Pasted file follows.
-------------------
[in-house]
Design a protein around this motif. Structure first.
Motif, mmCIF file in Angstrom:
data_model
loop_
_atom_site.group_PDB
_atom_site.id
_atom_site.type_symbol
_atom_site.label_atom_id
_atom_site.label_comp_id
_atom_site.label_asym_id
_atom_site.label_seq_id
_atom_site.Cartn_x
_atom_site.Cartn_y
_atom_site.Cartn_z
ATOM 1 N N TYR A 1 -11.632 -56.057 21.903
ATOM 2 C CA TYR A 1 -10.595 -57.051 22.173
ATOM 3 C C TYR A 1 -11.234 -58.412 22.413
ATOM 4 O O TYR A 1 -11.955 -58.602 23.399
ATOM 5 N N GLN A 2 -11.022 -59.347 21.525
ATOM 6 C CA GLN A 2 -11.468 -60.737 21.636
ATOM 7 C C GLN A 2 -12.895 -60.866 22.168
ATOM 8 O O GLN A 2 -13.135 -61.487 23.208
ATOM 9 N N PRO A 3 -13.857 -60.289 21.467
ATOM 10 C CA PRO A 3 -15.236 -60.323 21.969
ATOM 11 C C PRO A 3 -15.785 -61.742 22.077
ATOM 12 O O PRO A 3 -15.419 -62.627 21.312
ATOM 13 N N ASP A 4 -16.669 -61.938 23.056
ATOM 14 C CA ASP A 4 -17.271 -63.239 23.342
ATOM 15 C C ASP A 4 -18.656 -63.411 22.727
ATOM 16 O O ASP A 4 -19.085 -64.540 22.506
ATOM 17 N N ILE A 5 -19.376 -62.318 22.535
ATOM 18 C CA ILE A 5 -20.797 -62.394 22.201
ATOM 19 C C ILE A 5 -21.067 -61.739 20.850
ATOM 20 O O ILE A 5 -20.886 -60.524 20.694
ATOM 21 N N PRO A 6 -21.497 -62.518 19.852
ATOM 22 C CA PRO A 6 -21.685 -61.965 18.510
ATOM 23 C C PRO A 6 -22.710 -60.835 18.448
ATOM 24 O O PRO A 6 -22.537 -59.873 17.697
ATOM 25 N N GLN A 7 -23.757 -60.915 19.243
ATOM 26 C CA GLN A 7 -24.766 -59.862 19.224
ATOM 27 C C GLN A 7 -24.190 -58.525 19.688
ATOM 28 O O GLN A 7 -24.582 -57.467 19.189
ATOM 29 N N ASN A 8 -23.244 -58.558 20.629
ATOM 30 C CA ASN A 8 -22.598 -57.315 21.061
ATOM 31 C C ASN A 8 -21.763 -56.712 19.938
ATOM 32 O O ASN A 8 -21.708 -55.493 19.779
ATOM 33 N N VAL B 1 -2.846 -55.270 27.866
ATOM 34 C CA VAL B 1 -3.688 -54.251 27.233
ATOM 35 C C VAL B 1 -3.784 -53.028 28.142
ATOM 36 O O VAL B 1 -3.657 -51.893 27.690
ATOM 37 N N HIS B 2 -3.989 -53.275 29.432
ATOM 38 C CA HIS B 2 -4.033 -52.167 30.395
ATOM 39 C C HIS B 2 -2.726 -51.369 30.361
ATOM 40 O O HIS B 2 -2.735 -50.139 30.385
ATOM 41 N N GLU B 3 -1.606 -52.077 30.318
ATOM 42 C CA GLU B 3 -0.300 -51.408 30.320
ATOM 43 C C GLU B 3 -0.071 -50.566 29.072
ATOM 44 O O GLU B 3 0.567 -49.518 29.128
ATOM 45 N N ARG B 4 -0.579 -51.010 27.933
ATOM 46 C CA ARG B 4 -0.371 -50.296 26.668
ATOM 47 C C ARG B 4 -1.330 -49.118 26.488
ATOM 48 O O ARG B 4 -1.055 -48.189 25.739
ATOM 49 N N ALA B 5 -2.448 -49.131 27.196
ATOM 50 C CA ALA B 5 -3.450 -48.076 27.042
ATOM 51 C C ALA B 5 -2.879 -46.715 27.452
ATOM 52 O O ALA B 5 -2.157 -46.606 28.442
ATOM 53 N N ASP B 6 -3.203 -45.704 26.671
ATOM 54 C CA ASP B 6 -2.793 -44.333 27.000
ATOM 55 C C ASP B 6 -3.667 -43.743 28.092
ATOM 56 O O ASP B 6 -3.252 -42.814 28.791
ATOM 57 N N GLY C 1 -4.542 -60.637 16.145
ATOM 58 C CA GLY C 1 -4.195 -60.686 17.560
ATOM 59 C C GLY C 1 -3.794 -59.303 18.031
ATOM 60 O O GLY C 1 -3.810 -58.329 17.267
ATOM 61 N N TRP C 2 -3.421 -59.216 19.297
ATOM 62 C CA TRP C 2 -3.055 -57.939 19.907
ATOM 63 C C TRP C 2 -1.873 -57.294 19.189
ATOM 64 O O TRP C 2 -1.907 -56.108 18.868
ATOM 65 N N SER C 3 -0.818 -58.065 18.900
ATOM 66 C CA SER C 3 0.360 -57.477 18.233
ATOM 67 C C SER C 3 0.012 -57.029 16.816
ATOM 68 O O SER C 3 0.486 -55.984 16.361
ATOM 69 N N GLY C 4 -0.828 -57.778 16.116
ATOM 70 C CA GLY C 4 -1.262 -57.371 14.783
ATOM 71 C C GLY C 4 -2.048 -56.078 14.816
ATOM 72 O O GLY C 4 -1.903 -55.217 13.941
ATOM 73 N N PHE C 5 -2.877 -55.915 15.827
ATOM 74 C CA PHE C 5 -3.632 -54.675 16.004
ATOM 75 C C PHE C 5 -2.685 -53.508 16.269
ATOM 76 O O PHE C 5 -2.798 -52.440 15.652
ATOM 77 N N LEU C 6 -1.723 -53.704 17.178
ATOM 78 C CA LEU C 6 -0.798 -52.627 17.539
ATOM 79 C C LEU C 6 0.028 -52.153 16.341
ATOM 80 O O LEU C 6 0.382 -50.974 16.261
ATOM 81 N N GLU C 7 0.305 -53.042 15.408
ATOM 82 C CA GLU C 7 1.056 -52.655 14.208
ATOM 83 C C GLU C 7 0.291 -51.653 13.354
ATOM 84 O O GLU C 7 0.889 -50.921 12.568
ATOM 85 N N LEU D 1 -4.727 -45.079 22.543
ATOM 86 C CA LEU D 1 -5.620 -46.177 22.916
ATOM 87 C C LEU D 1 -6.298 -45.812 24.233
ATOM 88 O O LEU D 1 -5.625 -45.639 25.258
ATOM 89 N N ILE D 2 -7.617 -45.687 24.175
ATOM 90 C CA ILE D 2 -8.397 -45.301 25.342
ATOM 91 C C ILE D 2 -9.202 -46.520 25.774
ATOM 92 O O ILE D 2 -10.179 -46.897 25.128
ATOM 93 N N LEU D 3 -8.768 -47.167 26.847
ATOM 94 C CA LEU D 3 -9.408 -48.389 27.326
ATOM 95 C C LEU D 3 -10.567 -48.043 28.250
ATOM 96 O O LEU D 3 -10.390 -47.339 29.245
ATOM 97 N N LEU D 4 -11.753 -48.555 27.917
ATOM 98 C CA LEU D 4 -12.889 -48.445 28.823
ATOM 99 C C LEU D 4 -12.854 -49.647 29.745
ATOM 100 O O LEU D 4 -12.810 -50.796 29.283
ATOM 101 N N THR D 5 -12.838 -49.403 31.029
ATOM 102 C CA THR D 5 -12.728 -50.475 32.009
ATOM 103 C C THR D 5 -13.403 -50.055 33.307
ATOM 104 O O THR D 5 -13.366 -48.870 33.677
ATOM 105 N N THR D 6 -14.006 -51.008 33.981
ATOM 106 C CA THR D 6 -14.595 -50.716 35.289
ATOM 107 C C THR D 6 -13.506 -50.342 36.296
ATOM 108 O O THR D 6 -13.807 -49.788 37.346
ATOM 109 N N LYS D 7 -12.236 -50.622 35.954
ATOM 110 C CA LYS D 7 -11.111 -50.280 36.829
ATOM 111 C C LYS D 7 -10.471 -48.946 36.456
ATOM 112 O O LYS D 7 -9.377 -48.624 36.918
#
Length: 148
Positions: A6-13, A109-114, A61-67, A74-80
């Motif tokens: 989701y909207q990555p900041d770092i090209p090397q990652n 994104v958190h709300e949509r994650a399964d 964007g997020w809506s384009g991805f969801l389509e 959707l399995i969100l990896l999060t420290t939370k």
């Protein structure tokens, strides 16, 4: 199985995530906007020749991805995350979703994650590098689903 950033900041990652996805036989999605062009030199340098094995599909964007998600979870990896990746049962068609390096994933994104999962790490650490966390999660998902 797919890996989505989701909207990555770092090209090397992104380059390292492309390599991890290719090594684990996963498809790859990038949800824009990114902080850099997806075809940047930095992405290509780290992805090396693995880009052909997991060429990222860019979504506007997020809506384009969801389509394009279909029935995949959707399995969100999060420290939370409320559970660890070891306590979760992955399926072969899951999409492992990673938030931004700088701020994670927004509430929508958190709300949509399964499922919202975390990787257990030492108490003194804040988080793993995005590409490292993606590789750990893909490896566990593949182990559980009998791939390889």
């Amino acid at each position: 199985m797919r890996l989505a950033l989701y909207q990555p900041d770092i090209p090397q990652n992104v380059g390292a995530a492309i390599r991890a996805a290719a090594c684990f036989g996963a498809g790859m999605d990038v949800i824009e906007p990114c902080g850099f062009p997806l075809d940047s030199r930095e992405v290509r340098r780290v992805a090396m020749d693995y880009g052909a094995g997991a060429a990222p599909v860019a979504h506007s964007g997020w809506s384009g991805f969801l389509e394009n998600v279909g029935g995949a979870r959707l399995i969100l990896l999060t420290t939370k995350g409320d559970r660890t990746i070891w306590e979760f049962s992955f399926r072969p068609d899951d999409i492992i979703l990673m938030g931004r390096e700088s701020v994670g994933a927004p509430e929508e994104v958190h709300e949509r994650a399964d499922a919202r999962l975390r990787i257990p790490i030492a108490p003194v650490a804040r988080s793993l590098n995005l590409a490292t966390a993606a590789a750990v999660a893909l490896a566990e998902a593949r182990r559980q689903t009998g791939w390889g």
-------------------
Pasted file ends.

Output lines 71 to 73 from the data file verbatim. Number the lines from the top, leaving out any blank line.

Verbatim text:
ATOM 56 O O ASP B 6 -3.252 -42.814 28.791
ATOM 57 N N GLY C 1 -4.542 -60.637 16.145
ATOM 58 C CA GLY C 1 -4.195 -60.686 17.560